- By Patrick FitzgeraldPatrick Fitzgerald is a researcher at Foreign Policy.
Silvio Burlusconi’s appearance with Libyan leader Muammar el-Qaddafi over the weekend seemed to be a historic first: the Italian prime minister formally apologized and agreed to offer financial compensation for decades of colonial occupation. An elaborate ceremony — complete with the repatriation of an ancient statue of Venus that had been relocated to Rome — marked the signing of a “friendship and cooperation agreement” between the two countries.
Yet it wasn’t a completely altruistic measure for the Italians, who stand to benefit from their “reparations” to the former colony:
“We have written a page in history. Now we will have fewer illegal immigrants leaving from the coast of Libya and coming to us, and more Libyan oil and gas,” declared Mr Berlusconi, according to Italian reports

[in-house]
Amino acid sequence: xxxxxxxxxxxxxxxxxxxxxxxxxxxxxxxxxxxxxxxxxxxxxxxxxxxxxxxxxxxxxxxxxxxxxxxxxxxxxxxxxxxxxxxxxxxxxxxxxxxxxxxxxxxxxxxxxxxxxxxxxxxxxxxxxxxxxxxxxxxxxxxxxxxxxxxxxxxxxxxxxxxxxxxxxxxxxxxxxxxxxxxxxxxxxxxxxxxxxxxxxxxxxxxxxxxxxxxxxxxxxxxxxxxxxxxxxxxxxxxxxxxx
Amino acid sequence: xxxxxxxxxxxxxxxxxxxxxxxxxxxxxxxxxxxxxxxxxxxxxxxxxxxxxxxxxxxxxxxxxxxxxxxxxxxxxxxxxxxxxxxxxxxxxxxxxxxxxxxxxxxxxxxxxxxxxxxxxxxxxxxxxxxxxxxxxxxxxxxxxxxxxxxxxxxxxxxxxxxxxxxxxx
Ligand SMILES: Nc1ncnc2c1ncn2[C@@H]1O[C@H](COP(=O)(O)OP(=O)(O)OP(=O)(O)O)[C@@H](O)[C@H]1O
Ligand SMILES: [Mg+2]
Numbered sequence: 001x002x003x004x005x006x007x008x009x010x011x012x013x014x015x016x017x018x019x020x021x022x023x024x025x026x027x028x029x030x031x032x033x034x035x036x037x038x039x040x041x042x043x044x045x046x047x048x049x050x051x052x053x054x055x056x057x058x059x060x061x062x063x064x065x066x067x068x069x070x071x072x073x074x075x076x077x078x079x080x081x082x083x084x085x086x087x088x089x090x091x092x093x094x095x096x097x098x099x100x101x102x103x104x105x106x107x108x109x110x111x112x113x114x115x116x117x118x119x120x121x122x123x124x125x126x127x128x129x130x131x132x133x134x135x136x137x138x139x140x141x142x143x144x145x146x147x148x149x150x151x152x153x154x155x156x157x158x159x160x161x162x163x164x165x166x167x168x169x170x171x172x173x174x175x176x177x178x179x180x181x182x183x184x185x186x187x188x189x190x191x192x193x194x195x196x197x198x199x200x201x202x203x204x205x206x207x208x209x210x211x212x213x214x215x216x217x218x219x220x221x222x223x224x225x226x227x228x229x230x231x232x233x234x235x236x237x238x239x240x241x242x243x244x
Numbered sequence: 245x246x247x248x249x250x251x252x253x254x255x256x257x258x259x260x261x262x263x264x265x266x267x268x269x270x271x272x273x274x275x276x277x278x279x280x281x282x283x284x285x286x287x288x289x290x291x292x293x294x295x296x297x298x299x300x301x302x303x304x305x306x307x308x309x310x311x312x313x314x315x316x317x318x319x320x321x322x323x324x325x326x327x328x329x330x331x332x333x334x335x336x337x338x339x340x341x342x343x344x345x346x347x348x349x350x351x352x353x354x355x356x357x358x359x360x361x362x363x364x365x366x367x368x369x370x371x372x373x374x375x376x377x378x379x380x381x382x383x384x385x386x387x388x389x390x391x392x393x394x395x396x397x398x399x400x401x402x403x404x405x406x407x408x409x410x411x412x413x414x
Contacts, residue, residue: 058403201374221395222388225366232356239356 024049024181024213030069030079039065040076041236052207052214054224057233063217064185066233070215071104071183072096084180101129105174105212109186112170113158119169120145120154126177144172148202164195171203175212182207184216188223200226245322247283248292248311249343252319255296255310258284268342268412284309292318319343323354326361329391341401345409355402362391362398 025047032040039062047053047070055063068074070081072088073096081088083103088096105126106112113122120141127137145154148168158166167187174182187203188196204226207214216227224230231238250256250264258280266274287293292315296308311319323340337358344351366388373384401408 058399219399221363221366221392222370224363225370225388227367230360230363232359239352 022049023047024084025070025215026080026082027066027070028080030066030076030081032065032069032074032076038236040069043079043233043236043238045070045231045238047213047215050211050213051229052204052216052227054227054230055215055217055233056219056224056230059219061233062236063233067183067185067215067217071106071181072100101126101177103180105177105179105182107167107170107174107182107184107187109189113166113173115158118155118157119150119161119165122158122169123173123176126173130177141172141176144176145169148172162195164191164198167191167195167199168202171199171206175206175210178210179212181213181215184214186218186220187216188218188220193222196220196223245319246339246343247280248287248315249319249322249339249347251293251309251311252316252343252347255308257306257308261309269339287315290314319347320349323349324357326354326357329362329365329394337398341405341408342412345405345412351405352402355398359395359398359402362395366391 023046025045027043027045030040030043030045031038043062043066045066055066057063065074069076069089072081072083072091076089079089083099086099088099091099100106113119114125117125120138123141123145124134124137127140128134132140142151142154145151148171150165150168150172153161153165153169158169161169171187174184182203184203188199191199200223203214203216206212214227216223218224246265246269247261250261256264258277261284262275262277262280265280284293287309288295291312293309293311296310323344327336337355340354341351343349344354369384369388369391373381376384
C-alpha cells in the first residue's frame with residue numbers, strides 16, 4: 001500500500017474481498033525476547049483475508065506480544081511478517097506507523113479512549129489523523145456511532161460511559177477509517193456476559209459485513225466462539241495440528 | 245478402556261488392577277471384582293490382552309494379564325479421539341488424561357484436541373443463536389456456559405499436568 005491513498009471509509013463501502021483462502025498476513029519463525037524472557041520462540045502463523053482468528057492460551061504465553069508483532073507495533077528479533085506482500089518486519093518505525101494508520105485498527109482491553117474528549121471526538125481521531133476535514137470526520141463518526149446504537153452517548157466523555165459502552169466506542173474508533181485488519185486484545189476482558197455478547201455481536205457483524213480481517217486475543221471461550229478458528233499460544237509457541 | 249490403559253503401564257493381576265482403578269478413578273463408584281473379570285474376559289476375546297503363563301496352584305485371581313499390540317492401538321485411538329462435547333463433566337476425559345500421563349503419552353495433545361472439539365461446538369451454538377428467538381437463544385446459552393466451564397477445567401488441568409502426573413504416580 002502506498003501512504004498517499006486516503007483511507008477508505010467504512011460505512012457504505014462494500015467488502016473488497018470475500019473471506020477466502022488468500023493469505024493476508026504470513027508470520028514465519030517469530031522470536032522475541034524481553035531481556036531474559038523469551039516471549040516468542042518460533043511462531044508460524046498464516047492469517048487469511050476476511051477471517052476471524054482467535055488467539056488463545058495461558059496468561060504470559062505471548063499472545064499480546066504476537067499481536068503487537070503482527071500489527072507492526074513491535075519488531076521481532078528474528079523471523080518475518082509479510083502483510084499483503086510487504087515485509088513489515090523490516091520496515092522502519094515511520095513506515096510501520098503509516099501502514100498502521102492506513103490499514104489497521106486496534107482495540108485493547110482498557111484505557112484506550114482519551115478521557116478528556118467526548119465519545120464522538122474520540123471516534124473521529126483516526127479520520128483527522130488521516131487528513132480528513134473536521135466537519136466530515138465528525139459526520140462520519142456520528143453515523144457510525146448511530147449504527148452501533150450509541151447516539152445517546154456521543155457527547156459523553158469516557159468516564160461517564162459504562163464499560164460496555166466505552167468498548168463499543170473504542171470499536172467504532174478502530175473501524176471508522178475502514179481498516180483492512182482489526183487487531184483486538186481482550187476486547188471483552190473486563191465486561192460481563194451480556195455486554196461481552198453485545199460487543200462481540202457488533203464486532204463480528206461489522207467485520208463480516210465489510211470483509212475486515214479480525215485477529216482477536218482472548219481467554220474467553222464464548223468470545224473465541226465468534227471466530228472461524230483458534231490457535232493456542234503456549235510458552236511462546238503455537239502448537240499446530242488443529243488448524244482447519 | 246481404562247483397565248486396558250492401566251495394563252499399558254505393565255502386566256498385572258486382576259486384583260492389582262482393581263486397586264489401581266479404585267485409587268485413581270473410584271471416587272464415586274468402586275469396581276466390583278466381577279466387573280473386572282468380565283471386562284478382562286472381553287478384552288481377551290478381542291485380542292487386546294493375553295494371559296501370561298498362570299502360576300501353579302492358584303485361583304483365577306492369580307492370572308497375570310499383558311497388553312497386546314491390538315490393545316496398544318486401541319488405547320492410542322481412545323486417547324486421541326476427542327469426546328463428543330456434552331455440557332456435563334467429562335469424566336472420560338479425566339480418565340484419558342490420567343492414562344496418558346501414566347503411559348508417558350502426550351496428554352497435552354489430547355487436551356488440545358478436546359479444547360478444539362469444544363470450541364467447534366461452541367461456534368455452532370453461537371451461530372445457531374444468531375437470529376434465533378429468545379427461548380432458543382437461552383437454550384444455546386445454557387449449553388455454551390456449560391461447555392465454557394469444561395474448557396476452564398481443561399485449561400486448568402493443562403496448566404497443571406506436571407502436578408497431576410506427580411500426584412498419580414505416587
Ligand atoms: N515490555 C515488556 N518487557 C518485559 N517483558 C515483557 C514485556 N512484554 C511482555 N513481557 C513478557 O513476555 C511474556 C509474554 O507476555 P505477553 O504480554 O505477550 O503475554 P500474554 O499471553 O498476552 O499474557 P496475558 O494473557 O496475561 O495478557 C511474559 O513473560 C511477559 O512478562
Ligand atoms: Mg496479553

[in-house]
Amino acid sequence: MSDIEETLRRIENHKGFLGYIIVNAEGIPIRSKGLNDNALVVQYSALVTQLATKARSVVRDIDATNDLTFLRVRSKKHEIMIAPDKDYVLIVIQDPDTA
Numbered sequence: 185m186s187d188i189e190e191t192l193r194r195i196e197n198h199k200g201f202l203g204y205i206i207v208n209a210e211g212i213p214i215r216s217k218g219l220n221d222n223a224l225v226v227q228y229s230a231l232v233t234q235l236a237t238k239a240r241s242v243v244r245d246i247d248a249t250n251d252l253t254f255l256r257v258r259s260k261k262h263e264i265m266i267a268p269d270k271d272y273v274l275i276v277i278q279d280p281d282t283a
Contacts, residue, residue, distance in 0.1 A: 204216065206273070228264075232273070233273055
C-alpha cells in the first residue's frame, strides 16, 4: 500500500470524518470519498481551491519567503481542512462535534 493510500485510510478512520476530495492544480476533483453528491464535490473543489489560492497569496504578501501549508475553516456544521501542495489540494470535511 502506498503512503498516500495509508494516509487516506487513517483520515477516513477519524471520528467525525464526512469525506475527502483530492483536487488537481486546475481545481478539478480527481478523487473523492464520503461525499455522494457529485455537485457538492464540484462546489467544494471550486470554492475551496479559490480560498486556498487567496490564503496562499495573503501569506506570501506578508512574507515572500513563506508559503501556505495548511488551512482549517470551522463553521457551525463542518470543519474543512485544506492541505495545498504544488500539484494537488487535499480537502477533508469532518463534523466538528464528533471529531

Indeed, the $5 billion Italy will pay in annual installments of $200 million will largely come in the form of investments in Libyan infrastructure. While the agreement marks the first time a former colonial power offered compensation to an Arab country, special economic ties between former colonies and mother countries are, of course, nothing new.
The question now is whether Italy will follow suit with its other, less resource-rich, former colonies like Ethiopia and Eritrea.